To get back to my original point though, we need to encourage London residents to think about the results of their everyday decisions. All Canadians should. It’s easy (and convenient) to buy the cheapest product, in the biggest Box Store but the long-term consequences of these decisions produce the result of reduced local business opportunities, reduced benefits from employment, reduced opportunities to substitute for imported goods and ultimately, in an economic health situation that is largely beyond our control. If everyone shops at The Home Depot, how long can Copps Buildall continue to operate in downtown London – which incidentally is a source of economic diversity and cross-use of districts. The pressure created by massive buildings like the Renaissance don’t help either – Mr. Copps is sitting on perhaps a $10 Million development site as a result of the heights and built-form density or FSI (amount of the area covered by building) given to the project. While stagnation is not healthy, neither are massive jolts of economic stimulus through one or two building sites or buildings that stand-alone architecturally from everything that surrounds them. The result is similar to the leap-frogging that occurred in Scarborough in the 1960’s that led to significant changes in their Official Plans due to the wasted land that was left in-between these massive ‘Garden City’ developments.

Neighbourhoods are a sum of their parts. Their strength comes from the variation in the strong buildings – not from one or two projects that act as a draw, or a major player in any neighbourhood. Projects of this nature tend to kill their surroundings, like One London Place killed commercial demand in the downtown London core, resulting in an increase in the number of surface parking lots and spaces. London’s plethora of downtown parking acts as a canary in a coalmine for economic failure. When the parking spaces outnumber the interesting places to go, to shop, to work and to live; you’ve failed.

Again, I digress.

London’s economy is a result of these decisions – our daily decisions about life and work. When an employer chooses low taxes over ease of transportation access for her workers, she creates further need for parking, for roads, for tax revenues to provide for those and by using a site by herself, reduces diversity of use and the economic efficiency that Cities are supposed to offer. The result, over the long-haul is to make her business less attractive to employees, less innovative, less supportive of a tax base that helps create the economy in which she’ll thrive – we’re paving roads instead of building Convergence Centres, Performing Arts Centres or affordable housing.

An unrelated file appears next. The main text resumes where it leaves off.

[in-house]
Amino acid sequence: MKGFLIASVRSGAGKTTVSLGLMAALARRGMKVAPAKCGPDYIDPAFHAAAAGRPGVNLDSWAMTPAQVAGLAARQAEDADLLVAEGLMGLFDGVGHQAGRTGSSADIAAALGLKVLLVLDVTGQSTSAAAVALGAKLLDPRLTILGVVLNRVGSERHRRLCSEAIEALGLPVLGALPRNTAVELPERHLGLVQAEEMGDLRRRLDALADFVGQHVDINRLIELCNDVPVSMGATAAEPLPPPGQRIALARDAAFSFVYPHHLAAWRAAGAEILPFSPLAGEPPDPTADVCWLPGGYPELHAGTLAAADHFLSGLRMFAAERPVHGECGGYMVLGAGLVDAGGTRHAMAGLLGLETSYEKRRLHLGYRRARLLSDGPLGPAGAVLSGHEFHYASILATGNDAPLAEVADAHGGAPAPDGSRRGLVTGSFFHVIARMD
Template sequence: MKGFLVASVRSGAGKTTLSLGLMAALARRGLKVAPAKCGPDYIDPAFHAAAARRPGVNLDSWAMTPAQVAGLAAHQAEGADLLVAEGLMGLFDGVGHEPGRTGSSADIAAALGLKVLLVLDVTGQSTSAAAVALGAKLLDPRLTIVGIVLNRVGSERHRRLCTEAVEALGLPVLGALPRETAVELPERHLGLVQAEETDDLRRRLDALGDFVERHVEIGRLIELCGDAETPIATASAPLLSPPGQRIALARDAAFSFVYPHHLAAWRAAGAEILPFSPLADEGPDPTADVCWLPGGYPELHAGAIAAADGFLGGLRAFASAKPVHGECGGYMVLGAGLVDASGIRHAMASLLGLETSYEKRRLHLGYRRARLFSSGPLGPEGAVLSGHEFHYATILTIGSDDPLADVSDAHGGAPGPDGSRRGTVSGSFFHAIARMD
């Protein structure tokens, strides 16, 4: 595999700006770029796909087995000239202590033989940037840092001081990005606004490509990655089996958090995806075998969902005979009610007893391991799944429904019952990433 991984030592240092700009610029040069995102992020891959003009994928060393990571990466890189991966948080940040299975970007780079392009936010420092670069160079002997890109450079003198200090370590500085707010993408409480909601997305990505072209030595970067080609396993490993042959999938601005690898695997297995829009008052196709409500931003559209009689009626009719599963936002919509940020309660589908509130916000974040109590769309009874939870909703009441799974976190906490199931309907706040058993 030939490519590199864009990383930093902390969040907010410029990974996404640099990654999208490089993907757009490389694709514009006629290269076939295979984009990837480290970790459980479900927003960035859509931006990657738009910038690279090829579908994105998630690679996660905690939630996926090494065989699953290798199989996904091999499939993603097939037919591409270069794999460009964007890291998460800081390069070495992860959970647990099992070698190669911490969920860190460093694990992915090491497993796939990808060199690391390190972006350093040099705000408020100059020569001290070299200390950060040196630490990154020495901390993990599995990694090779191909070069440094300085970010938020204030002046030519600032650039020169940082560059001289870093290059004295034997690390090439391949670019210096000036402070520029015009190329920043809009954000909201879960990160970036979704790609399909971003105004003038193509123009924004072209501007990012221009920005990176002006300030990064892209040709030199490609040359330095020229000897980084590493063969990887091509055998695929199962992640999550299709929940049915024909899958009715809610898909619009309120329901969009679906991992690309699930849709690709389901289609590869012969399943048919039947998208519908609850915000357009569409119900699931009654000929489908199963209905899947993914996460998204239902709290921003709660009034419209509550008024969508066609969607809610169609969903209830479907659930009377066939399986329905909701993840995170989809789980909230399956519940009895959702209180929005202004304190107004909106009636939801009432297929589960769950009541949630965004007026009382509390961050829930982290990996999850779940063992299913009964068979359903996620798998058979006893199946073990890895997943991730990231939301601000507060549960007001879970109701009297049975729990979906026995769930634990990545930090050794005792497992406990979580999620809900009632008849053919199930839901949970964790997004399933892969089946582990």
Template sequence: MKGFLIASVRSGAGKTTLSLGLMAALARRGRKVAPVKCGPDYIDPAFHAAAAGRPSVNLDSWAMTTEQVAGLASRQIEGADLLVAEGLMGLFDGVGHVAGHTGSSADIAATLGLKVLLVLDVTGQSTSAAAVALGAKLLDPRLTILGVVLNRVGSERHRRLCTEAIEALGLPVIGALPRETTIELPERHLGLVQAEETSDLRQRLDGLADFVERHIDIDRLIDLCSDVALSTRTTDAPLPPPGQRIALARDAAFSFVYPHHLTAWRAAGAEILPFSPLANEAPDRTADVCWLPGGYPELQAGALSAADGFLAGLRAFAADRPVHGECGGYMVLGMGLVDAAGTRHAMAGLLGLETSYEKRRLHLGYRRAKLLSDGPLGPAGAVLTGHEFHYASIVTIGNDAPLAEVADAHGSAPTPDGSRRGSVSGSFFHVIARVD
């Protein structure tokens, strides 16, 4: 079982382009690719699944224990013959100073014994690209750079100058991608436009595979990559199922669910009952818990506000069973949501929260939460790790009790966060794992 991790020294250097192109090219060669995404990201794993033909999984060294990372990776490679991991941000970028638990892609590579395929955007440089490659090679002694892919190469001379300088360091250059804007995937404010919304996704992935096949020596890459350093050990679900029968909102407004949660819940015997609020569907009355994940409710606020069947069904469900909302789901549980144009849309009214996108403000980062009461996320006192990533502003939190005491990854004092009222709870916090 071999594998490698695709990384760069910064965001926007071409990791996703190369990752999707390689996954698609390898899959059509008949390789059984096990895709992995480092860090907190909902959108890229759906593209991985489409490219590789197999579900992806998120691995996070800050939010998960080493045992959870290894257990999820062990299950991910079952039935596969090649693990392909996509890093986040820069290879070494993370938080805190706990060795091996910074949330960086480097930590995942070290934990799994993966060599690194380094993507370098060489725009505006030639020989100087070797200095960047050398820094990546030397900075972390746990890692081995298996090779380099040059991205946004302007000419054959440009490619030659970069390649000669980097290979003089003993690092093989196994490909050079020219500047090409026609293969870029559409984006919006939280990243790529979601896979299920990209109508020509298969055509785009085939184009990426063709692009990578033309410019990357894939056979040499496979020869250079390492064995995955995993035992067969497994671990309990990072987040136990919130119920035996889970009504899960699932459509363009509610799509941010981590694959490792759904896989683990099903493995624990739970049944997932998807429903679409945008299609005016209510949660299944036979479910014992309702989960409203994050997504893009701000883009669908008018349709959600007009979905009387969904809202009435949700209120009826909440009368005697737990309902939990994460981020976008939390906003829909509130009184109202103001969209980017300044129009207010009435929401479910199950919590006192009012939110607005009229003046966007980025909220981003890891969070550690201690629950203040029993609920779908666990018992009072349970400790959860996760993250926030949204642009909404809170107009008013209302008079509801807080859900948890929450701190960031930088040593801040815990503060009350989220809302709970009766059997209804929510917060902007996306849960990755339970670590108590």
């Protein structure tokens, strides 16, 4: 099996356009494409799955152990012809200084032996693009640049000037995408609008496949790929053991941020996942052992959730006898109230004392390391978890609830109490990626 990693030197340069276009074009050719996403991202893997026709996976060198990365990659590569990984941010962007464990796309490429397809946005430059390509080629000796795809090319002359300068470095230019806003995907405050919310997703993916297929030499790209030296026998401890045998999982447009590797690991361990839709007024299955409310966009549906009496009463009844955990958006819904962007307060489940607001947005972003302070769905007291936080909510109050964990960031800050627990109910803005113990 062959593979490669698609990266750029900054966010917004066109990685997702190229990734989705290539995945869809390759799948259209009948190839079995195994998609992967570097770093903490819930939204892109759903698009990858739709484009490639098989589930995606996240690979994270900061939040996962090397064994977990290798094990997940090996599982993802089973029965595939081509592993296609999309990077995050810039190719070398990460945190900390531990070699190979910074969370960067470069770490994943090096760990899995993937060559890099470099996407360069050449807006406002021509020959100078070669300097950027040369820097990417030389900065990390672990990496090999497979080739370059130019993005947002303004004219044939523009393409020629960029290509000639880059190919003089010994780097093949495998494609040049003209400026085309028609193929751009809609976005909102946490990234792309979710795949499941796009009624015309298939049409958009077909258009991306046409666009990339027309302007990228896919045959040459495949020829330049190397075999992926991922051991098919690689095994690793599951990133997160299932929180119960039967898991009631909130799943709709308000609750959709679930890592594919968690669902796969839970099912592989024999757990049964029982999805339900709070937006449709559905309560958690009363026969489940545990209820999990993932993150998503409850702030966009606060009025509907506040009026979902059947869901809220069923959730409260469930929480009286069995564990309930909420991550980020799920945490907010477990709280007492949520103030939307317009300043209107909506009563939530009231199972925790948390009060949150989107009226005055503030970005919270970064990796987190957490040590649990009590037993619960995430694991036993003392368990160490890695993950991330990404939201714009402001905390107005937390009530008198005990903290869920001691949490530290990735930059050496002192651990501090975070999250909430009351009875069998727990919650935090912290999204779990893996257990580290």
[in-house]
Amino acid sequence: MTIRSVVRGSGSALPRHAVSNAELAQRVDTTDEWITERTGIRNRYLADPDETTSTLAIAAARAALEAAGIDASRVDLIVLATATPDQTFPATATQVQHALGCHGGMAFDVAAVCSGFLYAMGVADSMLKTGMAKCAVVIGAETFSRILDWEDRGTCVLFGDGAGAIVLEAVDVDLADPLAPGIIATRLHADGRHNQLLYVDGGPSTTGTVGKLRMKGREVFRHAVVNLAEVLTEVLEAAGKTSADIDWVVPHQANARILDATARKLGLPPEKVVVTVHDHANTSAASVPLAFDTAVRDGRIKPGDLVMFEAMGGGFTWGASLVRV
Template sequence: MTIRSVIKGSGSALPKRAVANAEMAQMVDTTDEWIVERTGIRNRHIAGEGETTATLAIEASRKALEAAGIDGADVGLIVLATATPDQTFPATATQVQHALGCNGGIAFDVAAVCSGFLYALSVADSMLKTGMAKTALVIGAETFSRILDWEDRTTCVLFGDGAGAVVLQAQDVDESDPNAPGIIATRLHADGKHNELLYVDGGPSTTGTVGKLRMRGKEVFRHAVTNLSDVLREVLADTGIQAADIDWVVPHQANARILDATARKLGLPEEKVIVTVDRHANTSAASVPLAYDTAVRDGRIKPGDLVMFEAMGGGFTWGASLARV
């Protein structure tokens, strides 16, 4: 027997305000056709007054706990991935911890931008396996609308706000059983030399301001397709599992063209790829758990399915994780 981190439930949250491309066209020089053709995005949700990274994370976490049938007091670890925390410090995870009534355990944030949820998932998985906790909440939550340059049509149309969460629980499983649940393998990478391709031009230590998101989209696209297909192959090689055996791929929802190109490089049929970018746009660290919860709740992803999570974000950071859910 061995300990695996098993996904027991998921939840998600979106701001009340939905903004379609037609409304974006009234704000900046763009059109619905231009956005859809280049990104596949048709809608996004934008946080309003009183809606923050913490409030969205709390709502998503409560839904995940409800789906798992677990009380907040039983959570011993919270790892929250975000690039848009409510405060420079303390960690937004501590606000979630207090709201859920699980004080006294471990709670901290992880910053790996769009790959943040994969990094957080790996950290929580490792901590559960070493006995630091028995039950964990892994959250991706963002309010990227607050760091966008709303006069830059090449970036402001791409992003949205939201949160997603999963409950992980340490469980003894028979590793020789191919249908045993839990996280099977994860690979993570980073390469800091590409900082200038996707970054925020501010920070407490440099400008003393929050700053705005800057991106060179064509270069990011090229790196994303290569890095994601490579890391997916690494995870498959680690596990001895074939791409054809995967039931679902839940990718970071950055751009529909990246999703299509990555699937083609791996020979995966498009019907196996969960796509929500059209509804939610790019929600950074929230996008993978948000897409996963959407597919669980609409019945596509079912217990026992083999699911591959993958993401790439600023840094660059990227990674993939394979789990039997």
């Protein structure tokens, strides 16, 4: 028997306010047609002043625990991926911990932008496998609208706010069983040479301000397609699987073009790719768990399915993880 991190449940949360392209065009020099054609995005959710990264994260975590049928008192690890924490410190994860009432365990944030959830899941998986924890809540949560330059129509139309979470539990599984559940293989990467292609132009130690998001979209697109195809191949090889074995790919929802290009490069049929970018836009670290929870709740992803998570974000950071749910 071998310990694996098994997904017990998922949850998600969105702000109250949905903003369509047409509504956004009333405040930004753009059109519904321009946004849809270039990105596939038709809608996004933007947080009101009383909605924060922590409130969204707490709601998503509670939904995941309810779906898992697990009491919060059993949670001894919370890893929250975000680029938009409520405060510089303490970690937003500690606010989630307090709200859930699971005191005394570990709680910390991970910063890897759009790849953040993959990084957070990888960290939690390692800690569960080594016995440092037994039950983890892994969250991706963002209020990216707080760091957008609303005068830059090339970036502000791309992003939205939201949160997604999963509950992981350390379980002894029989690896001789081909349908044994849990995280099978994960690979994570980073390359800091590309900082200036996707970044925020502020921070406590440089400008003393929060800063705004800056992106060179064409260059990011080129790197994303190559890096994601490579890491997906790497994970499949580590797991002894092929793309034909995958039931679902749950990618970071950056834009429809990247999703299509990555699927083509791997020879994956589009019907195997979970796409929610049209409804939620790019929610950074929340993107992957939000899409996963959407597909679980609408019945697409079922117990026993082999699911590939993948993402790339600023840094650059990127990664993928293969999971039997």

So we end-up getting only businesses that are part of a chain with proven results and a proven business concept and ultimately, through zoning, disallow all but a scarce few locally-owned businesses to pursue similar commercial opportunities. A local business is required by the City to meet the exact same zoning requirements as a non-local, chain or multi-national that can often afford to provide these as a tiny part of a larger corporate plan. Parking costs can much more easily be subsidized through the chain restaurant than by the local business person. A local business also relies on walk-up and casual customers and generally thrive in places where word-of-mouth can flourish. Old South and Old East are great examples of neighbourhoods that have these businesses. The Westmount area is a great example of a pre-planned neighbourhood that lacks all but large, generic commercial opportunities. By reducing commercial opportunities to those zones exclusively demarcated for such activity, through supply/demand, price and regulation, local opportunities are zoned out.